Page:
15 Bultmann, ibm. vol. 2 (1955), 251; cf. idem, “The Problem of Hermeneutics,” Essays Philosophical and Theological (1955), 234–61.

16 Volz, , Die Eschatologie der jüdischen Gemeinde im neutestamentlichen Zeitalter (1934), 111ff.

17 Cf. also how F. Büchsel, who repeats this view in highly biased language, admits the lack of evidence for such an attitude: the Pharisee “vacillated between an overbearing confidence in his good works, which made him blind to his sinfulness, and a desperate anxiety before the wrath of God, which, however, manifests itself only seldom” (italics mine), Theologisches Wörterbuch z. N. T. (ed. G. Kittel), vol. 3 (1938), 935. — The examples, often quoted, from 4 Ezra 3–4 and 7–8 deal primarily with the historical theodicy and not with the individual conscience.

18 This theme is elaborated further in the Epistle of Barnabas 5:9, where all the Apostles are called “iniquitous above all sin,” with a reference to Mk. 2:17.

19 The confusion caused by psychological interpretations, and the centrality of the Law in Rom. 7, was seen in the epoch-making study by Kümmel, W. G., Römer 7 und die Bekehrung des Paulus (1929); cf. Mitton, C. L., Expository Times 65 (1953/1954), 7881; 99–103; 132–135; and E. Ellwein, Kerygma und Dogma I (1955), 247–68.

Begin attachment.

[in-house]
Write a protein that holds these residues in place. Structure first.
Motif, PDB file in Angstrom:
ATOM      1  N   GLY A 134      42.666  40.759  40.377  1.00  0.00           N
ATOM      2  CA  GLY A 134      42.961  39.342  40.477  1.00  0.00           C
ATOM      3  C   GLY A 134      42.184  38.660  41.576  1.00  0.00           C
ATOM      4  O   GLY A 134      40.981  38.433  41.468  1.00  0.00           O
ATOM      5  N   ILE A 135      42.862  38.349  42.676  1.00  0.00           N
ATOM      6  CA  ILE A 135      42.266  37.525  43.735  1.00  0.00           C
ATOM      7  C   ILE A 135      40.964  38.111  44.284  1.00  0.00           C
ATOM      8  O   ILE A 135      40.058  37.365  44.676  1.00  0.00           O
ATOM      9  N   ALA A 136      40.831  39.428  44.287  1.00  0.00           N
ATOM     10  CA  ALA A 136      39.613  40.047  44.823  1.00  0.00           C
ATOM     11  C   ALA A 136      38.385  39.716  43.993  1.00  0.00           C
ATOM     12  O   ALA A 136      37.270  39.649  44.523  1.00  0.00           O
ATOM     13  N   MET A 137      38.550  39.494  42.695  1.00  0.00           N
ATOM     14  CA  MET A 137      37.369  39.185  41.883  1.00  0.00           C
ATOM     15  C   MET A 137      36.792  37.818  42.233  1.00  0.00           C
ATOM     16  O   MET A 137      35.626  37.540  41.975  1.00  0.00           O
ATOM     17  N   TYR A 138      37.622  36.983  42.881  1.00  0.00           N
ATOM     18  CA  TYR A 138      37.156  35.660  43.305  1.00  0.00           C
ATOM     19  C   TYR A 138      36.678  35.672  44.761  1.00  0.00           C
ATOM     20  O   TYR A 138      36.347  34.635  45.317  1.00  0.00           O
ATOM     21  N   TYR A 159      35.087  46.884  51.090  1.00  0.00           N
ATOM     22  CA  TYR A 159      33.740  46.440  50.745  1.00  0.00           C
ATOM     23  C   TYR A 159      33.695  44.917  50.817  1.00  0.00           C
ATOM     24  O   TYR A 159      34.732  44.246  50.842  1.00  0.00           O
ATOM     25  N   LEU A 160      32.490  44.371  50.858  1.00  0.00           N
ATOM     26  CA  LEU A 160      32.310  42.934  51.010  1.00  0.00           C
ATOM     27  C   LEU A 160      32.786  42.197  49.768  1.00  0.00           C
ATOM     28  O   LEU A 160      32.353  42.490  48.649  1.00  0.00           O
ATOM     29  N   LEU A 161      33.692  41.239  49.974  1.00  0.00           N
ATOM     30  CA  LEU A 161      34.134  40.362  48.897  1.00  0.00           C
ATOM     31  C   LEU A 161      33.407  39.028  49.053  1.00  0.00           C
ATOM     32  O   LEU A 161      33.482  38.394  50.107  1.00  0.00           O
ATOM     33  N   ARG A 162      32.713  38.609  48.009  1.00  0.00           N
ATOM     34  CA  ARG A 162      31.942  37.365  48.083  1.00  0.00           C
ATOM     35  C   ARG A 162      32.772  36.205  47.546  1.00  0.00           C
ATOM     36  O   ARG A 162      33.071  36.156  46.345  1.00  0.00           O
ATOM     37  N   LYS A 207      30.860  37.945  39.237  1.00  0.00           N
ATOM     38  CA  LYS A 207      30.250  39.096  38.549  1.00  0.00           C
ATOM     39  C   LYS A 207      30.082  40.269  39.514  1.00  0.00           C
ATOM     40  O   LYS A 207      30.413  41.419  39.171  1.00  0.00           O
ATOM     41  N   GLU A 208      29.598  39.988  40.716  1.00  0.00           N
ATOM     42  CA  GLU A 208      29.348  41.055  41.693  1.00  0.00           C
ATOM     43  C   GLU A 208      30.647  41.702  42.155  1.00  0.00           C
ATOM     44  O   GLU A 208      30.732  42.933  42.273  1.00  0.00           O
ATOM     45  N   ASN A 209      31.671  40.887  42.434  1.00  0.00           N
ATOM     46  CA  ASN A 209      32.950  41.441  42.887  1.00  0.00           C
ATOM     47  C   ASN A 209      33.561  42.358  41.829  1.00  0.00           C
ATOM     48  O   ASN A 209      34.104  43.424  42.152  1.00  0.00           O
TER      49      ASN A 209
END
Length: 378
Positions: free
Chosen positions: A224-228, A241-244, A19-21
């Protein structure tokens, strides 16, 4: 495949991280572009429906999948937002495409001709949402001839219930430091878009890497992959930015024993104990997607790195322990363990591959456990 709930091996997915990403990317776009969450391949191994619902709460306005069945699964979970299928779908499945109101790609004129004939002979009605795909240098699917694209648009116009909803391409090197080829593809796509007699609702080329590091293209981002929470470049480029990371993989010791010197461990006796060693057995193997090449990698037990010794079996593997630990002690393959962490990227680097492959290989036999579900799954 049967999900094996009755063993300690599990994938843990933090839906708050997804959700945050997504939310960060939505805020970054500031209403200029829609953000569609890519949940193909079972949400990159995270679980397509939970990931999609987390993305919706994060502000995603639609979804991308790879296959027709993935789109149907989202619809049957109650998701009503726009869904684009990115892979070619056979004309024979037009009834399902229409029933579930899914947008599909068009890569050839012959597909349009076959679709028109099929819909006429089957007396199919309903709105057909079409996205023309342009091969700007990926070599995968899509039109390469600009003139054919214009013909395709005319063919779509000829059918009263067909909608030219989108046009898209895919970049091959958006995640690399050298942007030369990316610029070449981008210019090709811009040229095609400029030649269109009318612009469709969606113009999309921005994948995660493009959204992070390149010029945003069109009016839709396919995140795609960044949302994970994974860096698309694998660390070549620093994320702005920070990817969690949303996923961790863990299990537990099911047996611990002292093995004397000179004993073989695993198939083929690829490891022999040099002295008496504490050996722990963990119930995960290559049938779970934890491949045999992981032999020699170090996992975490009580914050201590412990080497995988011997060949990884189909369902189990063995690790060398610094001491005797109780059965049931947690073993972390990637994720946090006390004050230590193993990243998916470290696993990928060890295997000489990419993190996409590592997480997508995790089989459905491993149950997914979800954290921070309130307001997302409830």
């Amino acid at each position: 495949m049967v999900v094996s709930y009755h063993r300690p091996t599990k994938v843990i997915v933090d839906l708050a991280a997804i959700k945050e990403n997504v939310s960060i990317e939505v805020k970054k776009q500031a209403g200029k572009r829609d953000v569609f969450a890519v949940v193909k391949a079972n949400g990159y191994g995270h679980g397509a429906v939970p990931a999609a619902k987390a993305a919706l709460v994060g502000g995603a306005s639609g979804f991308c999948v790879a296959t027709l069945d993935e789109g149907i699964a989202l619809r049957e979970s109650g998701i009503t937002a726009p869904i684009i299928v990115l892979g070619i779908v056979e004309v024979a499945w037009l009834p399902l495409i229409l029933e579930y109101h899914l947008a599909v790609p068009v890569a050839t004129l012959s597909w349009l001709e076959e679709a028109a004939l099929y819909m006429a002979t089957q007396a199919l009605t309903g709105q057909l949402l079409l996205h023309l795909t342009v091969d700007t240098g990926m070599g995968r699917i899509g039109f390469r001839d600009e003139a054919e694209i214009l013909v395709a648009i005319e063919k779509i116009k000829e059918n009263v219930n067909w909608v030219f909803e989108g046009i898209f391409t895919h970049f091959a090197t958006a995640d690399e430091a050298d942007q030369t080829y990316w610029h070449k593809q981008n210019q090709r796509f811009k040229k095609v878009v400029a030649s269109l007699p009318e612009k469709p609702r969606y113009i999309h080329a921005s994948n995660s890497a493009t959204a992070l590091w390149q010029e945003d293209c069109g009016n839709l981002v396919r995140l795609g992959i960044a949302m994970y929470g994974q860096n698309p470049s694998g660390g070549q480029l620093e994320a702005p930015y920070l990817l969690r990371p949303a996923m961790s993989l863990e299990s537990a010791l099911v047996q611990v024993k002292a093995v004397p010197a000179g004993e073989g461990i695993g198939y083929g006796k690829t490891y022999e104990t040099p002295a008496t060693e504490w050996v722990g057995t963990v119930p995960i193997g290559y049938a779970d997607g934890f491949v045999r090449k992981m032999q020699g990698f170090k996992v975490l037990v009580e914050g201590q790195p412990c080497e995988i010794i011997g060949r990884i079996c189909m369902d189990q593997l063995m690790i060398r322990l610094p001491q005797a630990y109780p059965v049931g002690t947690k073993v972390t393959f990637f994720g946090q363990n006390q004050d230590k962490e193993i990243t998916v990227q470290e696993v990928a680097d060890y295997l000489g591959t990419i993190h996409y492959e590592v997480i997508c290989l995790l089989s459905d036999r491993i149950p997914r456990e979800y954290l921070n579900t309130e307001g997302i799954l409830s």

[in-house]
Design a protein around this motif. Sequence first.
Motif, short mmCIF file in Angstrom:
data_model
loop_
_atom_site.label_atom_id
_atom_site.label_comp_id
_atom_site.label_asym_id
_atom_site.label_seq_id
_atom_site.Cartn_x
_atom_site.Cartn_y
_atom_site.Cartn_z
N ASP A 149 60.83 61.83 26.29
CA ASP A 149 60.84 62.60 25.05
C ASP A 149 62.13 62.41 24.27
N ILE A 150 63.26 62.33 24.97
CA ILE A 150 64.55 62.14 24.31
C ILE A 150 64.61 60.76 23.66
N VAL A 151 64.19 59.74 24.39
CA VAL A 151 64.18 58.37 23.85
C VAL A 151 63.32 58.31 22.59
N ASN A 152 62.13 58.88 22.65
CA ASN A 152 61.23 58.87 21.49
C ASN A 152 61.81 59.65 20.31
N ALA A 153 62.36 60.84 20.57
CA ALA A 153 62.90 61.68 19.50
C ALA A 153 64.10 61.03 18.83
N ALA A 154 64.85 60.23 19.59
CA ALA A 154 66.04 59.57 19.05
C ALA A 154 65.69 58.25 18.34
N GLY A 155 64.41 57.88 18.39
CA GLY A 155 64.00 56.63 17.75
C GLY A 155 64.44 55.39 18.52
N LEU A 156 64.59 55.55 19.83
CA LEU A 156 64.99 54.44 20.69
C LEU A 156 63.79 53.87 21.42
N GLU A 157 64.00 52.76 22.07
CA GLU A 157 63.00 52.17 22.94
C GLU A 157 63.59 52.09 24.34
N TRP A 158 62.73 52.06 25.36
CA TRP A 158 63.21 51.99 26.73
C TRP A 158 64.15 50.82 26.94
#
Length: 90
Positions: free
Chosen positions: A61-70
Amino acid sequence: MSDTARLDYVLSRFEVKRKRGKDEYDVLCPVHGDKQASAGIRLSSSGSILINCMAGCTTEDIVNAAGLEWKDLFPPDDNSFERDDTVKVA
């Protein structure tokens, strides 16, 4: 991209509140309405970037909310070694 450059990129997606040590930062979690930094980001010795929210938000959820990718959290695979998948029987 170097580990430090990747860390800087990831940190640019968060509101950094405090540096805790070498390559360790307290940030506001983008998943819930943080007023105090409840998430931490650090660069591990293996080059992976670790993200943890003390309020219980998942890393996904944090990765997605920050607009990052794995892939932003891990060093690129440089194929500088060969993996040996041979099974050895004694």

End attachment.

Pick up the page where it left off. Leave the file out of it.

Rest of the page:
20 In a similar fashion even the standard Greek text of the New Testament (the Nestle edition) indicates that ch. 7 should end with the exclamation in v. 25a, and ch. 8 begin already with v. 25b. But the New English Bible retains v. 25b as the concluding sentence in ch. 7.

21 For a fuller treatment of these issues, sec my article “Biblical Theology'’ in The Interpreter's Dictionary of the Bible, vol. 1 (1962), 418–32.

* This paper was delivered as the invited Address at the Annual Meeting of the American Psychological Association, September 3, 1961; it is a revised and footnoted edition of my article “Paulus och Samvetet,” published in Sweden in Svensk Exegetisk Arsbok 25 (1960), 62–77.

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Harvard Theological Review